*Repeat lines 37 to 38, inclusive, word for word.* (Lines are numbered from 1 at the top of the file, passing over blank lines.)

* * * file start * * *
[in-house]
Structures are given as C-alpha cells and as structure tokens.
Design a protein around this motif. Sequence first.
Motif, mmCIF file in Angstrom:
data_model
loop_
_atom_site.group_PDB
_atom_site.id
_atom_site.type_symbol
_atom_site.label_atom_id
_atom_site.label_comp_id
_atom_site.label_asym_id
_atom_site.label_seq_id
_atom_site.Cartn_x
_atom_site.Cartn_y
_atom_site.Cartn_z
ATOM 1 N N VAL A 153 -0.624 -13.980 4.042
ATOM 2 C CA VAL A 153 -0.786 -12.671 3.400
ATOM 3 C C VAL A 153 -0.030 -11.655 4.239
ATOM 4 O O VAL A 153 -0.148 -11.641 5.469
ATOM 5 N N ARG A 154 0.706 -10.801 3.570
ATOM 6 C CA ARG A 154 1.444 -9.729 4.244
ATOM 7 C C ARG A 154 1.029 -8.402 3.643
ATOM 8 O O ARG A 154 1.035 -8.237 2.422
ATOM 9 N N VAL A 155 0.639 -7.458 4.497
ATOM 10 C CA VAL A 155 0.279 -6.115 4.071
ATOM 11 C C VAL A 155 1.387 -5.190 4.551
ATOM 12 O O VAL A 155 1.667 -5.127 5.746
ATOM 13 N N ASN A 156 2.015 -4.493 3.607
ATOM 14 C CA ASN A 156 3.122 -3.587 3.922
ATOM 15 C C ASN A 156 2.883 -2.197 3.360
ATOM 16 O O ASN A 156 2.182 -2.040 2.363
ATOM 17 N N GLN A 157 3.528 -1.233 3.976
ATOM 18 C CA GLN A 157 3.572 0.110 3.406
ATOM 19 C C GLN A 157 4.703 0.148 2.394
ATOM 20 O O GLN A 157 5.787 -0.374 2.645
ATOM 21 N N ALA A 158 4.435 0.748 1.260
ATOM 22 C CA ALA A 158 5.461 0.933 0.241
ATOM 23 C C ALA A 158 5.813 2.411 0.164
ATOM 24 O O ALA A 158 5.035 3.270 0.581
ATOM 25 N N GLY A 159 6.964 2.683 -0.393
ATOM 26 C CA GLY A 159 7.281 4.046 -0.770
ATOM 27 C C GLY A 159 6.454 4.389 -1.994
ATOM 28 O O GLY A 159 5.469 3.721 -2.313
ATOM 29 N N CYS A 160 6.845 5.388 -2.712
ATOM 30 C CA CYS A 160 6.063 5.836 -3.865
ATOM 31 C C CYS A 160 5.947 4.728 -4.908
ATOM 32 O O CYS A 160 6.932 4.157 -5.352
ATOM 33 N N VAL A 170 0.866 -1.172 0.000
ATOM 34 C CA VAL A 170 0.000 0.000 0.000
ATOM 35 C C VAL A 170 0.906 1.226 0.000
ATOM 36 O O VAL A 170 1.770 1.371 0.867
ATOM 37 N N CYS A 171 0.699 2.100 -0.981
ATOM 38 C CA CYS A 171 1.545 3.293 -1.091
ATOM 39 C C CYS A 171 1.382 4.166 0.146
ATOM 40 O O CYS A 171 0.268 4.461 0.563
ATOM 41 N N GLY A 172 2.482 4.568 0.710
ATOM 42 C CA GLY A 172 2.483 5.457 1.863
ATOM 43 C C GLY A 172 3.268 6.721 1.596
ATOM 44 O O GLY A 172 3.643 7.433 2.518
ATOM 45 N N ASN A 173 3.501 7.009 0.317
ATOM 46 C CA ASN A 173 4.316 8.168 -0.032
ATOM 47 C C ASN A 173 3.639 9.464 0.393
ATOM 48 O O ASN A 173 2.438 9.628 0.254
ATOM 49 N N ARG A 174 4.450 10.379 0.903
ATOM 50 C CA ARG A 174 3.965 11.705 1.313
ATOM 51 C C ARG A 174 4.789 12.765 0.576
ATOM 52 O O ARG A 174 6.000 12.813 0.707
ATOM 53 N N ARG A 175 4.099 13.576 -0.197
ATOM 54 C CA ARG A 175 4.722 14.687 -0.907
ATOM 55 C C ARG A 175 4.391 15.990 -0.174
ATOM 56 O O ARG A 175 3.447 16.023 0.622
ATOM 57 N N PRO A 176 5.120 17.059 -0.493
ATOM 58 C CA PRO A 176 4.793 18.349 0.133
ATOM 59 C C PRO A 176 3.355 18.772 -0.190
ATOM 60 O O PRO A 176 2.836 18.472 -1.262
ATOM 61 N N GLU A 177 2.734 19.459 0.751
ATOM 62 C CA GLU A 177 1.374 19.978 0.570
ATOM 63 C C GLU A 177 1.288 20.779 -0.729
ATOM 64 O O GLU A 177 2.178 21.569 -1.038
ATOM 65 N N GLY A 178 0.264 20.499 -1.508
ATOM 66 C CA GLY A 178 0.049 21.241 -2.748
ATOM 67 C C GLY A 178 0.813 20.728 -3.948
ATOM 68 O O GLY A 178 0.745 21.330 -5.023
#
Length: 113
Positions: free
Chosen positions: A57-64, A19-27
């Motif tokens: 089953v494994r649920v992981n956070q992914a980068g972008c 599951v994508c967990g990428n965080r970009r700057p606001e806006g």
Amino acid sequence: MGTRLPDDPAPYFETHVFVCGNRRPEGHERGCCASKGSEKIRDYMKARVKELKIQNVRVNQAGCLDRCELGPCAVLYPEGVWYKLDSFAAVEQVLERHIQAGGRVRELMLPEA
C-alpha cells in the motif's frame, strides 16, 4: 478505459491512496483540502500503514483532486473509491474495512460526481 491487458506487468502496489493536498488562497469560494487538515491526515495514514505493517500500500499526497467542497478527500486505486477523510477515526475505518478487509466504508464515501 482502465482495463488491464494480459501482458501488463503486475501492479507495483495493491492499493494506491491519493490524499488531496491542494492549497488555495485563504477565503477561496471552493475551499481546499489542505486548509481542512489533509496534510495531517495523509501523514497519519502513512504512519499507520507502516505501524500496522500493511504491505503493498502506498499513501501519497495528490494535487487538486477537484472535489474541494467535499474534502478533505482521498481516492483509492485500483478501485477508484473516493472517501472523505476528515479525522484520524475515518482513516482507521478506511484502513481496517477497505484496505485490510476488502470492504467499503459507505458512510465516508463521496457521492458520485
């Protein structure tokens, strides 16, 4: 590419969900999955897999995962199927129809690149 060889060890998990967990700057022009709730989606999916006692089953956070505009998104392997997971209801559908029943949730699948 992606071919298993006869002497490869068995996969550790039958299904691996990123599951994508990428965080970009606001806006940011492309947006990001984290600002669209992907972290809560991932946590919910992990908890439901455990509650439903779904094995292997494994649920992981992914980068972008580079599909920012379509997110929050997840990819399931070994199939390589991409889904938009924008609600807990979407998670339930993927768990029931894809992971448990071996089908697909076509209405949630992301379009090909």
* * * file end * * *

ATOM 21 N N ALA A 158 4.435 0.748 1.260
ATOM 22 C CA ALA A 158 5.461 0.933 0.241